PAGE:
A pregnant woman with two travel bags is walking down the street, crying.  Jesse grabs his teddy bear from the dashboard of the truck and holds it, watching the woman.  She's wearing a long blue dress which is flapping in the wind.  She’s stopped walking.  Her fingers are on her lips.  Still crying.  I want to help but know I would only be interfering.  After a moment, she walks on.

Driving home, I see the world through Jesse's eyes, the world I've brought him to - the sun burning over six lanes of El Camino Real, glinting off cars, while Daddy listens to old rock tapes with a bit of beer on his breath.  A large part of Jesse's world will be whatever I bring to him, such as cruising the garage sales and eating pocket pie.  The woman in the long blue dress will no doubt create a far different world on this, our shared planet.

Saturday, April 7, 1990

Jesse is now thirteen and a half.  He's in eighth grade and sometimes discovers that I'm weird.  We live in the house I built in La Honda.  The truck is a Ford.  We listen to Grateful Dead tapes - Jesse's choice - and drive to Palo Alto where we hit some garage sales and come away with a turntable.  Jesse in his lifetime has never played a record album but has seen my crates of them stored in the attic.  He'd like to listen.

After the sales, we drive to a medical office building on Welch Road near Stanford Hospital where together we repair six entries for six psychiatrists.  I need Jesse's help to remove and replace each solid-core, dark mahogany, massive door.  He's old enough - and big enough - to help dad earn a living. 

For three hours labor on this, his first paying job, I give him $30, a great wage for a thirteen-year-old.  And he knows that he accomplished something. 

Back home the turntable works.  In fact, it's excellent.  My old records - John Prine, Phil Ochs, Big Bill Broonzy - have never sounded so good.  I haven't heard them for ages, and now I'm hearing them through Jesse's ears, a whole new world.

Wednesday, April 7, 2010

Today I'm providing childcare for my grandson, age two and a half.  Raj was born in San Francisco and recently moved to the suburbs down the Peninsula.  I could stay at Raj's house where he is comfortable and happy, but I consider it my job as grandfather to introduce him to the more rural life in La Honda. 

From my house we take a walk.  There are no sidewalks in La Honda, so we walk the narrow streets.  A bit up the hill from my house are two llamas in a pen.  One sleeps; one watches us with a steady gaze.  I explain to Raj that you will never see both llamas sleep at the same time; they watch out for each other.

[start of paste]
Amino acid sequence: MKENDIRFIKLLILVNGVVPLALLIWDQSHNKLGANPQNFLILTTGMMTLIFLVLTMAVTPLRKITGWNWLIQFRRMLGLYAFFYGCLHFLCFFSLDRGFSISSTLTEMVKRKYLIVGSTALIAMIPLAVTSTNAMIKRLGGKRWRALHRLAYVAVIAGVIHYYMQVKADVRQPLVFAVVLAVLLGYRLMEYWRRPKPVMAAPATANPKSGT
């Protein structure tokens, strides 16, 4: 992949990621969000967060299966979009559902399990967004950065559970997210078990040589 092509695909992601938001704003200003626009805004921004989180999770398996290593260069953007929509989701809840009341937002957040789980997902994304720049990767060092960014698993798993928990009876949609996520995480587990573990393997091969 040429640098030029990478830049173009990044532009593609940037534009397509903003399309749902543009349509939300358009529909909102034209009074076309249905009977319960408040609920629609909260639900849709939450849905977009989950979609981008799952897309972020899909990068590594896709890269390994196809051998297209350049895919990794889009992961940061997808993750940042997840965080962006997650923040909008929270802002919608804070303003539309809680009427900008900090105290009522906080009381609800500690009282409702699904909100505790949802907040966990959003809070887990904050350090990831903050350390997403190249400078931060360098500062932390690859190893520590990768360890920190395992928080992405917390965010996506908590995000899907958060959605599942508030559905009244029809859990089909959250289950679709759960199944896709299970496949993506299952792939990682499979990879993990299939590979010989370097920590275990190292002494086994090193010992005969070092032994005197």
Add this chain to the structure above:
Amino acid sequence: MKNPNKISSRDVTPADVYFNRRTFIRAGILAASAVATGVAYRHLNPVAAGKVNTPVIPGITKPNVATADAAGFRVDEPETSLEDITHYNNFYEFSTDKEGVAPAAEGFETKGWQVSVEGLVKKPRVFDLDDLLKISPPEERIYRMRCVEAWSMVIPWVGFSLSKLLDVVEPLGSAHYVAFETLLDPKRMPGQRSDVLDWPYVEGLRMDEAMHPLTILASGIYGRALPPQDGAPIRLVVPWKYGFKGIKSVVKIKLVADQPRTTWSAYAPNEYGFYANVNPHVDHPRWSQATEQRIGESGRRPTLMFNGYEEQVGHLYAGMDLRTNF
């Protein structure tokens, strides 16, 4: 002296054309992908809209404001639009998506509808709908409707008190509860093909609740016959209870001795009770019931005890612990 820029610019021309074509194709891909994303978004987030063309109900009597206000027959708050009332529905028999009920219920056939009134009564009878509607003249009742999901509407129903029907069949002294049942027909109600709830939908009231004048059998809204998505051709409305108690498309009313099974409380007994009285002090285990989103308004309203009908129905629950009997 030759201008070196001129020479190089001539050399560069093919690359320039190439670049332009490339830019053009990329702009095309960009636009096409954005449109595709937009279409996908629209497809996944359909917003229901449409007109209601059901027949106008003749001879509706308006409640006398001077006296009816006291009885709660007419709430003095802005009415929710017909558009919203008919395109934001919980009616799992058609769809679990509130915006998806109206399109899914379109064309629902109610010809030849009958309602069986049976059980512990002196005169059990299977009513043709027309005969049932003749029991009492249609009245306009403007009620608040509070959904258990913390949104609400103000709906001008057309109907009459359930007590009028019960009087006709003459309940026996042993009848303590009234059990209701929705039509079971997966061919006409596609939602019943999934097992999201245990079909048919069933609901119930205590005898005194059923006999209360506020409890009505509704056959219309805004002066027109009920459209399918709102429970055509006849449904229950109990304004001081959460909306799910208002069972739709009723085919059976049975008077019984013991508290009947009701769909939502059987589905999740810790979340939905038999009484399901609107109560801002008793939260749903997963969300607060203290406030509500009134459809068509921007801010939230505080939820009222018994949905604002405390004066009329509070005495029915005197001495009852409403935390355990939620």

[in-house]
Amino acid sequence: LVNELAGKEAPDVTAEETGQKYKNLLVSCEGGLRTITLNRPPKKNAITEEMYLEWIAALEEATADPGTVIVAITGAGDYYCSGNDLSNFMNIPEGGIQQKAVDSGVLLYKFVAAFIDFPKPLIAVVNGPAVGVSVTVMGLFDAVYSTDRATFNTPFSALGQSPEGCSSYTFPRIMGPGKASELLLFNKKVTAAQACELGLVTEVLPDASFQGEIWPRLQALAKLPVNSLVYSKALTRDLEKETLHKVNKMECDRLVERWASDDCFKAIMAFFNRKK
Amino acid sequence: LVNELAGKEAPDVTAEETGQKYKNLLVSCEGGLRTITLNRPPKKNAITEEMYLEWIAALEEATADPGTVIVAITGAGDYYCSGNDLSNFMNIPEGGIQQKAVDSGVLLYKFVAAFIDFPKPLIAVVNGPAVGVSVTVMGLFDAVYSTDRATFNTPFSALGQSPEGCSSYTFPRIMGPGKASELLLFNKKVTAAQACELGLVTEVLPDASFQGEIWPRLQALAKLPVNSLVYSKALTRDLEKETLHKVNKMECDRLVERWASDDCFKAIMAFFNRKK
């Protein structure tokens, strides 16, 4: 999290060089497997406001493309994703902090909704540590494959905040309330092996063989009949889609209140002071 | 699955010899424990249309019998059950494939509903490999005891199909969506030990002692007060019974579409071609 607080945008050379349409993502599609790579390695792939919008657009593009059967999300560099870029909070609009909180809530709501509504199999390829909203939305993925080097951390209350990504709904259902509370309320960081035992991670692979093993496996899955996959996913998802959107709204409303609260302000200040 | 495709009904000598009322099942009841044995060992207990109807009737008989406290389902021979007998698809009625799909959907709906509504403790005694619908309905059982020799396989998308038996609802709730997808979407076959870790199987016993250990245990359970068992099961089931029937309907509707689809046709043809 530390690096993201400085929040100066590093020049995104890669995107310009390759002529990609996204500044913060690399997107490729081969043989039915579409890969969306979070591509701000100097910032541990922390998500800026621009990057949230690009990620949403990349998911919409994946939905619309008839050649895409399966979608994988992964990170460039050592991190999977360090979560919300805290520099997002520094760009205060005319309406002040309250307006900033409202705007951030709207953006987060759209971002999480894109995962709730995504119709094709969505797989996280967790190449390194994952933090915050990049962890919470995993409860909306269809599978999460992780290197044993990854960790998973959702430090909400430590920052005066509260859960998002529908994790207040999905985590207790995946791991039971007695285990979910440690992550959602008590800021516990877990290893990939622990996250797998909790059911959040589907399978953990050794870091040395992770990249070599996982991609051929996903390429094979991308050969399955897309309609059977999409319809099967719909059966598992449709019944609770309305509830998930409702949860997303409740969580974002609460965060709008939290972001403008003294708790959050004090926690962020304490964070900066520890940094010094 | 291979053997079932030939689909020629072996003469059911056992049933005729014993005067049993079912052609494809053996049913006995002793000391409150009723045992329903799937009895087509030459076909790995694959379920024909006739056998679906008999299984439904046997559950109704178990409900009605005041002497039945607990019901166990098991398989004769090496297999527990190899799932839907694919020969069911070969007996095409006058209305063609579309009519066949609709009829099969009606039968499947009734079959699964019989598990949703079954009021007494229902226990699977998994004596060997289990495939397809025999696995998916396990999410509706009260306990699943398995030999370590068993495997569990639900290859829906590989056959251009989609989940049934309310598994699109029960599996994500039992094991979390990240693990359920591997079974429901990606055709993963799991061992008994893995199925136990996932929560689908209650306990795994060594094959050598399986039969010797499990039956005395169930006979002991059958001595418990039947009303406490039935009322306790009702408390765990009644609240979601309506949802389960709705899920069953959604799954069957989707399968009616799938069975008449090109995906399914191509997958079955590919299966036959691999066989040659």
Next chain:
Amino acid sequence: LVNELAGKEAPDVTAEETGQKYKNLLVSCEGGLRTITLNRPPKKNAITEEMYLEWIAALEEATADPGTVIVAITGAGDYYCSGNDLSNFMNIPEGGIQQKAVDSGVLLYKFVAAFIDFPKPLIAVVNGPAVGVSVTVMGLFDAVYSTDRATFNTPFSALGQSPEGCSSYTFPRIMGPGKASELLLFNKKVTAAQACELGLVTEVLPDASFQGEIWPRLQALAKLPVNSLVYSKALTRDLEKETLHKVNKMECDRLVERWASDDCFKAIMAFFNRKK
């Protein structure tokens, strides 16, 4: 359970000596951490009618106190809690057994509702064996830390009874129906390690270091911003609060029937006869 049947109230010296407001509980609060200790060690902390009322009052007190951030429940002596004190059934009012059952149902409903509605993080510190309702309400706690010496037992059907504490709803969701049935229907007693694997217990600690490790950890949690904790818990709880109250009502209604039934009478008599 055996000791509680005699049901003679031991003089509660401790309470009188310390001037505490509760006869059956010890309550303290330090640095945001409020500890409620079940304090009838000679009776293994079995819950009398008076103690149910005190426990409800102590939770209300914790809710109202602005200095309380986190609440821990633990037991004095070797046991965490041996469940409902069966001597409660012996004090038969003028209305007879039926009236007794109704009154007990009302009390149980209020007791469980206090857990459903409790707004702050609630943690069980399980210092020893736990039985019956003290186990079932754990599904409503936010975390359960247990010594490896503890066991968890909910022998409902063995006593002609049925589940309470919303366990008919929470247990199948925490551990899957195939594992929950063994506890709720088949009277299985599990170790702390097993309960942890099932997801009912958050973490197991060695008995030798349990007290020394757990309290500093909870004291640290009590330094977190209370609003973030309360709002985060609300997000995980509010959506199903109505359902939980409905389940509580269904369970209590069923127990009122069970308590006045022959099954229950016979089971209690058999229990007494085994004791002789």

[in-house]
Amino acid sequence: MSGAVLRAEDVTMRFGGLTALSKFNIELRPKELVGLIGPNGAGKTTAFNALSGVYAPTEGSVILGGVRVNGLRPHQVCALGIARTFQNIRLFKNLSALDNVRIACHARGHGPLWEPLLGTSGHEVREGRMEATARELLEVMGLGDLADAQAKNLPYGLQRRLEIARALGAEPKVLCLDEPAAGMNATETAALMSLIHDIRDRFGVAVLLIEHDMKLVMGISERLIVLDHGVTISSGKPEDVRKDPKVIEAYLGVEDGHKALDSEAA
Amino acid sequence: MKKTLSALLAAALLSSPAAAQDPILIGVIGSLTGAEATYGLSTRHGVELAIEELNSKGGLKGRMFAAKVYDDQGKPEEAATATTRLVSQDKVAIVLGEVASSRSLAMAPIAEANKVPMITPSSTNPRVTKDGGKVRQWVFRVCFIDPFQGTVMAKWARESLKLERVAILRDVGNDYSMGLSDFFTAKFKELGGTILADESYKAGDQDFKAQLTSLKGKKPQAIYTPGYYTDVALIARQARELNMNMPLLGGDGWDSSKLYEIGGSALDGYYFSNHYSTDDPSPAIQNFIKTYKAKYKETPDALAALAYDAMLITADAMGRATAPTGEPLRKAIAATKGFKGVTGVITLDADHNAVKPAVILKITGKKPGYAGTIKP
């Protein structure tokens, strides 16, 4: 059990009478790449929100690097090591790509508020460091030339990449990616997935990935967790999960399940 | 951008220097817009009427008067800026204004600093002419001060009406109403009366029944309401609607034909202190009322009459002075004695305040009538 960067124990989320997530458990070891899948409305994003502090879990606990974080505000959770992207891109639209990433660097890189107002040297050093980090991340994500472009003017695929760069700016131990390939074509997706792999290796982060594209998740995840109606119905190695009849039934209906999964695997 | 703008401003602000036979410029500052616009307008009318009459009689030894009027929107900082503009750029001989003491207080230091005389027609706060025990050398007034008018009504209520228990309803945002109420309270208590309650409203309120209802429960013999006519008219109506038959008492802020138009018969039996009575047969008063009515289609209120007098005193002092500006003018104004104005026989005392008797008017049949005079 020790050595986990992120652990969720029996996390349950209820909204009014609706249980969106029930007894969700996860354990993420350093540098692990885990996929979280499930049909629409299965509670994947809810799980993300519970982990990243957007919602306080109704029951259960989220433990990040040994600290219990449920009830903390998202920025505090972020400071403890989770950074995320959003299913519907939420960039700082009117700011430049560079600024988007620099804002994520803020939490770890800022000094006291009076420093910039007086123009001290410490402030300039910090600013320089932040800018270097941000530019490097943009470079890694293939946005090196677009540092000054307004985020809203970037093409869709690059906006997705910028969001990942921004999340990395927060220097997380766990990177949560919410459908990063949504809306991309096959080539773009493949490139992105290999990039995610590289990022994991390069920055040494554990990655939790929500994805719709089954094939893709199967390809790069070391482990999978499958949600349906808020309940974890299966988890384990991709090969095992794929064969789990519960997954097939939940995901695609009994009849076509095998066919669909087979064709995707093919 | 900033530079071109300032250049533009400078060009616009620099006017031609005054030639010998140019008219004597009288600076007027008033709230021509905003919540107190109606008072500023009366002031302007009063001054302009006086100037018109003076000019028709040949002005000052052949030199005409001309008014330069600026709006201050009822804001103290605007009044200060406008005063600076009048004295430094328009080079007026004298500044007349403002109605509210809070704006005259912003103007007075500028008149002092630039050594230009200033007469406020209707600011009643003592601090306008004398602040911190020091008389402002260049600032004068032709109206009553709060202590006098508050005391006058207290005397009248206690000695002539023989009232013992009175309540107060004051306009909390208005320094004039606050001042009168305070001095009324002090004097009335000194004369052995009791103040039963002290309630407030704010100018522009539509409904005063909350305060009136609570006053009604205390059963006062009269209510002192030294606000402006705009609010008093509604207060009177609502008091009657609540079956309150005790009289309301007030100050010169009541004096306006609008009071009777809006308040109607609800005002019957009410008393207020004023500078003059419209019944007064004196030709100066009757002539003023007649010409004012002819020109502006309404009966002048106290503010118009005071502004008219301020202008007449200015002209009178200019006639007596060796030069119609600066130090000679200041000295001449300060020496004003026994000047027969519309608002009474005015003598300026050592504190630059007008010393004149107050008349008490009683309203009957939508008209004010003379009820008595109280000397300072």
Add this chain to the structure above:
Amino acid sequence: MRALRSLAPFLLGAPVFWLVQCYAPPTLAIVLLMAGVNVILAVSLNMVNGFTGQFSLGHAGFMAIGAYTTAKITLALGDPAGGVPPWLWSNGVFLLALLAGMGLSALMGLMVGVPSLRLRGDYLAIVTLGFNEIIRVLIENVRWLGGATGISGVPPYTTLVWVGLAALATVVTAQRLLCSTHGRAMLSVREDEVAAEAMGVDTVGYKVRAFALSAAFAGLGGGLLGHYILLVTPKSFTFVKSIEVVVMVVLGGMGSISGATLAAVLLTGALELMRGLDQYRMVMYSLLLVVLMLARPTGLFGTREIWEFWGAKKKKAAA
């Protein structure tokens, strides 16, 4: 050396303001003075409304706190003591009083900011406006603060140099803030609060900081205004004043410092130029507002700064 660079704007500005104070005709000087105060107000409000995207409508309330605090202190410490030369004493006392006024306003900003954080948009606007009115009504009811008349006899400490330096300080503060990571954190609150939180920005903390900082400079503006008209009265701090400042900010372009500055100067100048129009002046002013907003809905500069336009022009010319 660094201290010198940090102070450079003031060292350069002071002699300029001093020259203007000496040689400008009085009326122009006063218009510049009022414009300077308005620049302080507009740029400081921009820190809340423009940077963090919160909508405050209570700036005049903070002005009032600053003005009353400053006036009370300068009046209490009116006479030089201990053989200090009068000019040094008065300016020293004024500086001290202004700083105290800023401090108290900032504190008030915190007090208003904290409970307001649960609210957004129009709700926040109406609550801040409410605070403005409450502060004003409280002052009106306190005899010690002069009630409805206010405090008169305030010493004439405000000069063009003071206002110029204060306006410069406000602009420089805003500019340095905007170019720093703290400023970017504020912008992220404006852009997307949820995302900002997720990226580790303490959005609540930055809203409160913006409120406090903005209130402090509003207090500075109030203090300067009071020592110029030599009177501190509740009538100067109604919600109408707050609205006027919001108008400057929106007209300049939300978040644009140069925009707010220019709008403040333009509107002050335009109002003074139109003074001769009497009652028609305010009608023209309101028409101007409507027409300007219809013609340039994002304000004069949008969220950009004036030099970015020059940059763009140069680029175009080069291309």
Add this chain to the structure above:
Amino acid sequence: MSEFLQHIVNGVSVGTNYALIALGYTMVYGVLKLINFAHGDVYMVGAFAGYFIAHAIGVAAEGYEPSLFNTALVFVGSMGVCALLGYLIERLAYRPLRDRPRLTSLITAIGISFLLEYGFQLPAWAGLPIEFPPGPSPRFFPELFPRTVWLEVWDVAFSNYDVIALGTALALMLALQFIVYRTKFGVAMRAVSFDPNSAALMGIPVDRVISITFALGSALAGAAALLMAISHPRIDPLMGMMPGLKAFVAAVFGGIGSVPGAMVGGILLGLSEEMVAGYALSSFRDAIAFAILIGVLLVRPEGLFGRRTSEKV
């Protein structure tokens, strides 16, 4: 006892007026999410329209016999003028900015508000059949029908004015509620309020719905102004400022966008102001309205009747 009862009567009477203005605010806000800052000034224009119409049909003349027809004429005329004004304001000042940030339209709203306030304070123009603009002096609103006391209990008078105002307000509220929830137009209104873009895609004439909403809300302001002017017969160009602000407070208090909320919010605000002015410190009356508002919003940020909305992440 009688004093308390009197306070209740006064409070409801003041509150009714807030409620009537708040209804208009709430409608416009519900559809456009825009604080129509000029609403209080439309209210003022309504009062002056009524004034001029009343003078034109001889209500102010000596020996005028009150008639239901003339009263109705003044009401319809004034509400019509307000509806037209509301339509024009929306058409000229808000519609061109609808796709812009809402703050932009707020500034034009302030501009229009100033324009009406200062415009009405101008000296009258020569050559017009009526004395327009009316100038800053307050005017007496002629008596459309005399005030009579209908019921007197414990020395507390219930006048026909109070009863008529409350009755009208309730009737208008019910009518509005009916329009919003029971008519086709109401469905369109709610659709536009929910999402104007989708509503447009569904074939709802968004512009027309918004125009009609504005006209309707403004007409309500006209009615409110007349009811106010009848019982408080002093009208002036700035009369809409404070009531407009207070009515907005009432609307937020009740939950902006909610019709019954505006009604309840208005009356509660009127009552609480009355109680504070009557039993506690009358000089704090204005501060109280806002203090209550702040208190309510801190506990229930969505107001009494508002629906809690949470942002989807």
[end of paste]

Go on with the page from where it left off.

We walk downhill a bit to another house and feed carrots through the fence wire to a couple of goats.  The bigger goat keeps butting the smaller one away with a thwack of horns.  He can eat an entire carrot in a matter of seconds.

Farther down the hill, we throw popcorn to the ducks in the pond.  Farther still, we come to "the cookie store" otherwise known as the La Honda Country Market, where we select one large chocolate chip cookie from a glass jar.

Back home we read a book I just got from the bookmobile: Gramps and the Fire Dragon, which becomes the event of the day.  To Raj it's an utterly gripping tale in which a boy and his grandfather encounter a fire-breathing dragon who chases them up an apple tree which they escape in a hot air balloon, but the dragon follows through jungle and cave and finally is melted by water from a fire truck's hose.  When Raj enjoys a story he's all over it fingering pictures, flipping pages, shouting, laughing.  We read it six times, cover to cover.  What a great book.

We talk about the fire dragon all the way home in the car.  Raj reprises episodes and adds new ones involving butting goats, hungry ducks, watchful llamas - framing the story and the events of the day, coming to grips with the fear, the excitement, the camaraderie.  To Raj there is no line between encountering a dragon and what we did today; it's all part of the wonderful web of life.  For me it's a beautiful lesson in the purpose and power of story - why we tell them, how we respond and grow.  I brought Raj to my world; in return he brings me to his.